03/08/2012 12:09PM

King: Rail draw shouldn't hurt Mucho Macho Man in Gulfstream Park Handicap

Barbara D. Livingston
Mucho Macho Man will start from the rail in the Gulfstream Park Handicap.

When betting a speed horse in a one-turn race, this horseplayer typically prefers to back those runners drawn outside. Reason being, such a post does not place the rider in a position of feeling that he must send his mount. The jockey can let the horse settle into a comfortable pace, judge the tempo of the speed horses inside him, and either elect to go to the front or press the pace.

This is just a typical preference, however. Horses win from all over the racetrack, and predicting how a race will unfold, and the consequence of post position, will always remain guesswork to some degree.

Handicapping components such class, speed figures, and recent form still trump post position, and for that reason it seems best to excuse a couple rail draws from speed horses in two stakes races this Saturday – Much Macho Man in the one-mile Gulfstream Park Handicap and How Do I Win in the Fred “Cappy” Capossela Stakes at Aqueduct.

They both fit so well from so many other handicapping perspectives that their rail draws may prove insignificant.

Starting with Mucho Macho Man in the Gulfstream Park Handicap, it is readily apparent he has elevated his game after a freshening following last year’s Triple Crown, winning two straight, most notably the Sunshine Millions Classic over eventual Santa Anita Handicap winner Ron the Greek.

Although the Sunshine Millions Classic came at 1 1/8 miles, there is little doubt this horse is as good at a mile. He proved as much with an easy score in a November race over Aqueduct’s main track, which, like Gulfstream, cards one-mile races out of a long chute.

Even though he’s speedy and on the fence, the anticipation is jockey Ramon Dominguez will ride him patiently, knowing the speedy and fresh Tackleberry is immediately to his outside.

To run with that one early would simply leave Mucho Macho Man vulnerable to the rally of Jackson Bend, one of the best long one-turn horses in the country.

But as good as Jackson Bend is, the blossoming Mucho Macho Man is at least close to the him in ability. And when you factor in that he is likely to be the better price of the two, he seems worthy of a wager.

As for How Do I Win, who races six furlongs at Aqueduct, he is a horse that should benefit from a class drop after facing Derby prospect Alpha in his last two starts when racing two turns. He faded to fourth in the both the Count Fleet and Grade 3 Withers, likely the result of being outclassed and limited by a shortage of stamina.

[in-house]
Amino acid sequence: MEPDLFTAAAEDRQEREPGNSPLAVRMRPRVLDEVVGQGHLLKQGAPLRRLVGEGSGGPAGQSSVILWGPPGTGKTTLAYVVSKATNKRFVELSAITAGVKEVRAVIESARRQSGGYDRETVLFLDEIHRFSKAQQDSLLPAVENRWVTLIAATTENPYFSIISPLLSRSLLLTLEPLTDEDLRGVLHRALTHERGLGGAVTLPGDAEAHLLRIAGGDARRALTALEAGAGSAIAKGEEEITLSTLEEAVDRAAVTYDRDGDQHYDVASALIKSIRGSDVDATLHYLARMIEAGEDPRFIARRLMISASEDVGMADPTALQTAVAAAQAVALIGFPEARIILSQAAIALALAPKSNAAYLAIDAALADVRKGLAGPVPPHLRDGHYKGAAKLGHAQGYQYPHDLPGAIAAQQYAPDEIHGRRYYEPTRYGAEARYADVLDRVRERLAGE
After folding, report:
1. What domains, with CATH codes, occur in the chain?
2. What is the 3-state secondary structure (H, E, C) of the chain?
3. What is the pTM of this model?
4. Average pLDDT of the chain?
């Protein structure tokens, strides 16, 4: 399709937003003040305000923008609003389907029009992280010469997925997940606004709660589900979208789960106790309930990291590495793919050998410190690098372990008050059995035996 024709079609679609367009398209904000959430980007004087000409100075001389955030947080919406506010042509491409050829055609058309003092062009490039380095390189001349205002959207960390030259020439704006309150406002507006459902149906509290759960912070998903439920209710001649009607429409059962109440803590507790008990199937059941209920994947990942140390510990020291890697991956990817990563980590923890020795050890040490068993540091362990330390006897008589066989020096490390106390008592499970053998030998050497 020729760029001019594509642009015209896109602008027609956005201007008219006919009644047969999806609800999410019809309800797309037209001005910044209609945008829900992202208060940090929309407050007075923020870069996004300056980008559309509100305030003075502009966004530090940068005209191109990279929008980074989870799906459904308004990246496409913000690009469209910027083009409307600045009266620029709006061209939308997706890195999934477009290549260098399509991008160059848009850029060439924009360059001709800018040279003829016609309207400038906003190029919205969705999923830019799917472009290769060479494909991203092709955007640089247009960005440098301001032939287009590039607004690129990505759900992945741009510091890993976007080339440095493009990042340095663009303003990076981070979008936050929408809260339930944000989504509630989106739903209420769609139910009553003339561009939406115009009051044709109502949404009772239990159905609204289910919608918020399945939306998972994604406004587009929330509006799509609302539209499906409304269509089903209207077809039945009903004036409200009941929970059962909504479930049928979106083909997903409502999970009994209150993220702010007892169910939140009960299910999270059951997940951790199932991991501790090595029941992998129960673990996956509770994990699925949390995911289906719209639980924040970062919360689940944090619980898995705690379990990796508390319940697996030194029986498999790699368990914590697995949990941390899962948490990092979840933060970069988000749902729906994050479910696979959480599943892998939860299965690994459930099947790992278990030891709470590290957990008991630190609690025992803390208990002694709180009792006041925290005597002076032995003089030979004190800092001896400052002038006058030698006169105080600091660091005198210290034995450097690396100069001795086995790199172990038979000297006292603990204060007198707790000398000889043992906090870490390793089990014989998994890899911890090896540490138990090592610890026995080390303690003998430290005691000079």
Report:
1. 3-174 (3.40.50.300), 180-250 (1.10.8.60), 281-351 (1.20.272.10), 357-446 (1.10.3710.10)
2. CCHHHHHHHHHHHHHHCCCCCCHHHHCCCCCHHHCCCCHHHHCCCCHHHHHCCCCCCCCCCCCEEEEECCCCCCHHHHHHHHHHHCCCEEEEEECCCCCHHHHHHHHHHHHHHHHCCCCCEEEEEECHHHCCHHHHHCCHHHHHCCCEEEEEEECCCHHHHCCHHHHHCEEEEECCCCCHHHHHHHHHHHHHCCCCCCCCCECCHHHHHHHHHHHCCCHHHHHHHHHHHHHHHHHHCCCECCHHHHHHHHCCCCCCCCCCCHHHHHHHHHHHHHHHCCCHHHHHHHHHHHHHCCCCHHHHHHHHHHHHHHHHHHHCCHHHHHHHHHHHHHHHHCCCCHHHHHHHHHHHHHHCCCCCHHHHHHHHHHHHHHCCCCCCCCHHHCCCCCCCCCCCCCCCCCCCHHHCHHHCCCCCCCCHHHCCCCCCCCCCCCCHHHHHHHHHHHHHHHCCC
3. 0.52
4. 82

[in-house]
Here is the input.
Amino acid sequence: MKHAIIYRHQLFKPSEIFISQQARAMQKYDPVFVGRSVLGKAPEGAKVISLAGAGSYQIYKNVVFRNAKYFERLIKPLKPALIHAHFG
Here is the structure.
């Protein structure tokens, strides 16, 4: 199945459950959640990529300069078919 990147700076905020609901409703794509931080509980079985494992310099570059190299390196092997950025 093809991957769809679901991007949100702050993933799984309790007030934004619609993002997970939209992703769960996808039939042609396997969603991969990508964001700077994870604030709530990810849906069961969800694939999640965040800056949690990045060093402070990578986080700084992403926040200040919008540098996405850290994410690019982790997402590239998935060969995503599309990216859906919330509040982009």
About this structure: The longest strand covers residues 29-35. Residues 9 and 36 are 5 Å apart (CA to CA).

Those factors aren’t in play in the Capossela. This time, he is the most battle-tested horse and he’s returning to a distance over which he is a two-time winner.

Less enthusiastically, he faces a field inundated with speed, but given his apparent class edge, the inside-breaking How Do I Win may prove capable of withstanding the pace pressure likely to come from his outside.

Turf-to-dirt angle looks intriguing

Shifting to a couple of grass races – the Black Gold at Fair Grounds and the China Doll at Santa Anita – a couple of horses making shifts from dirt to turf look like intriguing wagers: Hammer’s Terror in the Black Gold and Lady of Shamrock in the China Doll.

Beginning with the Black Gold, first-time turfer Hammer’s Terror finally gets the chance to run on grass, the surface on which he is bred to be at his best. A son of Artie Schiller out of a Lord Avie mare, everything about his pedigree suggests turf success.

Further suggesting he should take to the lawn is how he performed in two past efforts on Polytrack at Arlington and Keeneland.

He also drops out of the Grade 3 Lecomte, where he ran sixth on dirt.

Lady of Shamrock, meanwhile, is already a proven commodity on turf, having won a stakes race on the Santa Anita lawn Dec. 30 after being purchased privately following a fast maiden triumph at Churchill Downs in November.

Forgive her for her most recent race, a distant third in a five-horse field in the Grade 3 Santa Ysabel, as it came on dirt.

Her connections were simply taking a shot in there, knowing there was very little for her on grass until later in the Santa Anita meet. Turf is her true calling.